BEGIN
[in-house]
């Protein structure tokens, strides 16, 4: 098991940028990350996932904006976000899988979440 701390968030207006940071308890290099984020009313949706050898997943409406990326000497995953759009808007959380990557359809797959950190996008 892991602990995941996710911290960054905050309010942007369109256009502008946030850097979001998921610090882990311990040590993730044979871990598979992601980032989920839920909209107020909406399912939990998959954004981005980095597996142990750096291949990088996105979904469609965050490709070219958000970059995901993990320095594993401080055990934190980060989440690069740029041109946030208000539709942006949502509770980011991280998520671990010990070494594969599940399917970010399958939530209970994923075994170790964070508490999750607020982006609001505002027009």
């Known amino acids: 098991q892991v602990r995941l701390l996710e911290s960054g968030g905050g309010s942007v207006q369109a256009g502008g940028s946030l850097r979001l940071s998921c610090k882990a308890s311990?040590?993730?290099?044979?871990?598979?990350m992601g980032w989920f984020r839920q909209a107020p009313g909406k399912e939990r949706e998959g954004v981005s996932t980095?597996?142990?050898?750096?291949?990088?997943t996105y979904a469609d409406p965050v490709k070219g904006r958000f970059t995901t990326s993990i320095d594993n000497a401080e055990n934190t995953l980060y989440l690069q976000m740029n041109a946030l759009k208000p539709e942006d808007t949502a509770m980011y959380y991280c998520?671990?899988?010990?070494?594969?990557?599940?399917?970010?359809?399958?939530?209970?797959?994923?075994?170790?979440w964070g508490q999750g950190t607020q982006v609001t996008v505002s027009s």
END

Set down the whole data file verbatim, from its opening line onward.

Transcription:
[in-house]
């Protein structure tokens, strides 16, 4: 098991940028990350996932904006976000899988979440 701390968030207006940071308890290099984020009313949706050898997943409406990326000497995953759009808007959380990557359809797959950190996008 892991602990995941996710911290960054905050309010942007369109256009502008946030850097979001998921610090882990311990040590993730044979871990598979992601980032989920839920909209107020909406399912939990998959954004981005980095597996142990750096291949990088996105979904469609965050490709070219958000970059995901993990320095594993401080055990934190980060989440690069740029041109946030208000539709942006949502509770980011991280998520671990010990070494594969599940399917970010399958939530209970994923075994170790964070508490999750607020982006609001505002027009």
């Known amino acids: 098991q892991v602990r995941l701390l996710e911290s960054g968030g905050g309010s942007v207006q369109a256009g502008g940028s946030l850097r979001l940071s998921c610090k882990a308890s311990?040590?993730?290099?044979?871990?598979?990350m992601g980032w989920f984020r839920q909209a107020p009313g909406k399912e939990r949706e998959g954004v981005s996932t980095?597996?142990?050898?750096?291949?990088?997943t996105y979904a469609d409406p965050v490709k070219g904006r958000f970059t995901t990326s993990i320095d594993n000497a401080e055990n934190t995953l980060y989440l690069q976000m740029n041109a946030l759009k208000p539709e942006d808007t949502a509770m980011y959380y991280c998520?671990?899988?010990?070494?594969?990557?599940?399917?970010?359809?399958?939530?209970?797959?994923?075994?170790?979440w964070g508490q999750g950190t607020q982006v609001t996008v505002s027009s």